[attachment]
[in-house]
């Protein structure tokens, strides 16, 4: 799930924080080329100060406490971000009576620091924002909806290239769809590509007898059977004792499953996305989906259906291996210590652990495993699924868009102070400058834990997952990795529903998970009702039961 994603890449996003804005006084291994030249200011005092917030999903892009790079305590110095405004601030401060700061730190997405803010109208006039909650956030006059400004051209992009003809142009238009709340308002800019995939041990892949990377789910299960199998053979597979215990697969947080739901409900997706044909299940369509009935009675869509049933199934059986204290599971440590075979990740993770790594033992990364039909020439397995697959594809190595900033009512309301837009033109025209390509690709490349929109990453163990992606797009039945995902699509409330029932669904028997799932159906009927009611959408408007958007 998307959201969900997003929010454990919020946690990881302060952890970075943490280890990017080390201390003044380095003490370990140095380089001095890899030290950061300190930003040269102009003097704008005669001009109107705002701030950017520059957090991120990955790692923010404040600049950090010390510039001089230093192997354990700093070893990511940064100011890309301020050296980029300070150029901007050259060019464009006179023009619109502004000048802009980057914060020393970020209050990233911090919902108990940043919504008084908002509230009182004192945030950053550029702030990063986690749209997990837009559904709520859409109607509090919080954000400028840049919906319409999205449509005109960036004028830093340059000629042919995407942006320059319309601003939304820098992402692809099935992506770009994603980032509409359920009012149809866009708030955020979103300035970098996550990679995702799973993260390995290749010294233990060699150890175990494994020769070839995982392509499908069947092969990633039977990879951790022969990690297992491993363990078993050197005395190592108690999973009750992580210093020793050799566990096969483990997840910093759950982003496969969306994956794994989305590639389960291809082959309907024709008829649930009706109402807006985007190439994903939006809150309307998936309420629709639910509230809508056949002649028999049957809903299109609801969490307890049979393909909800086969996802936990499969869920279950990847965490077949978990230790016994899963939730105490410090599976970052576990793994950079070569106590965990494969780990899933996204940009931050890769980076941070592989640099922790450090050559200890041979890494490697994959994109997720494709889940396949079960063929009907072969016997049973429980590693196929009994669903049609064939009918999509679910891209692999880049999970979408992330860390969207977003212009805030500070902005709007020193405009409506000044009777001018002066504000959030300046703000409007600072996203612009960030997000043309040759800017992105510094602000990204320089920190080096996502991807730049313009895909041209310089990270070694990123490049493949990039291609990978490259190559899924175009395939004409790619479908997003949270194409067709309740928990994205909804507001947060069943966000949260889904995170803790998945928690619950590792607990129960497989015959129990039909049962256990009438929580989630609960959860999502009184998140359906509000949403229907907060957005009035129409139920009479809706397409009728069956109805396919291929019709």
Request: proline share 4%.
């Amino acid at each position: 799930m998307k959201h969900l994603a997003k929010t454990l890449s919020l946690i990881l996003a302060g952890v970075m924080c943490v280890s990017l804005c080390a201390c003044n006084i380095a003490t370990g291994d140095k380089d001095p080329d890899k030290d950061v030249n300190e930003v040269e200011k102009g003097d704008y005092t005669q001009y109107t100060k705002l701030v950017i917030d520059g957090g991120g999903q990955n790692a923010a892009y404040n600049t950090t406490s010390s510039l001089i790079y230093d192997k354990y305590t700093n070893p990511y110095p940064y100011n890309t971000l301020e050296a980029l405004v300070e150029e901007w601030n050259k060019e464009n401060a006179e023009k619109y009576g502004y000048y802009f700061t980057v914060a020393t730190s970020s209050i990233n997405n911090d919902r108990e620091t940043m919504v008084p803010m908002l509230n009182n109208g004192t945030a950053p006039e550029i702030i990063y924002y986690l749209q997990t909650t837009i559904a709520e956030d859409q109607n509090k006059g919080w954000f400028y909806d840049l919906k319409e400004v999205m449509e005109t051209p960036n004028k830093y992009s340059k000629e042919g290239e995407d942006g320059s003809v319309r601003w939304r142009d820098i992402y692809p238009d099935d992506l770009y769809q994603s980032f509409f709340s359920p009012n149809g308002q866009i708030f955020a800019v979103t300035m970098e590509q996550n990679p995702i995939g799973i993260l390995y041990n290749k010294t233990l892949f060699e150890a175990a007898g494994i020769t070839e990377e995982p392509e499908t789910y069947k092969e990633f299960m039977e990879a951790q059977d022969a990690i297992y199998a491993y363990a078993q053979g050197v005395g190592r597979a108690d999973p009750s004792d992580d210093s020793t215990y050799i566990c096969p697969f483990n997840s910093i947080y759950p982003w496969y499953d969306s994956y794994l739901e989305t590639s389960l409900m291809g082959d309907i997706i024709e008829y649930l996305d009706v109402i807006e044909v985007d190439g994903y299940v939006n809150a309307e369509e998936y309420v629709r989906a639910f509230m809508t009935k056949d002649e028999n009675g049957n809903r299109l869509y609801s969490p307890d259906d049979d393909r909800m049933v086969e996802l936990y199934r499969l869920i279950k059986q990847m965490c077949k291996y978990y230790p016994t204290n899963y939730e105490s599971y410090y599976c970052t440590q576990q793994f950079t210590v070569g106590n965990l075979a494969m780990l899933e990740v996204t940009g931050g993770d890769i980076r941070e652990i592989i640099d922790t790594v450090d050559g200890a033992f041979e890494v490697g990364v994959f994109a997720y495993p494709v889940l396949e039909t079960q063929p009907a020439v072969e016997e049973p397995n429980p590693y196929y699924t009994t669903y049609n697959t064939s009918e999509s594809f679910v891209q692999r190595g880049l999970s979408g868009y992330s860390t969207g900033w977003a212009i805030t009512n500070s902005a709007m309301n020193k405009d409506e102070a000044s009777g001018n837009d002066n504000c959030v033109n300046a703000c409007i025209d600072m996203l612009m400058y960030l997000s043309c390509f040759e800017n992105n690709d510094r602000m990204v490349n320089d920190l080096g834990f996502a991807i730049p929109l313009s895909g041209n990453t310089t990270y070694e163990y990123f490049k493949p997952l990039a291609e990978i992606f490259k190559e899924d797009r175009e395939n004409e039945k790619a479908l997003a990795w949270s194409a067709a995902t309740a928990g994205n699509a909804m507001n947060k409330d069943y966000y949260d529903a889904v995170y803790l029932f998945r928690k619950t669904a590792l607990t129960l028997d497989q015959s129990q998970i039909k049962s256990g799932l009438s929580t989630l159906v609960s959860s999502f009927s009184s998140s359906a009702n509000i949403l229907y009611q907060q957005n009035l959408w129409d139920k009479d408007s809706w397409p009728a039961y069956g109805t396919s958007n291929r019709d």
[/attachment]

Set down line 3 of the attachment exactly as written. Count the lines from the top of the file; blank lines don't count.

Request: proline share 4%.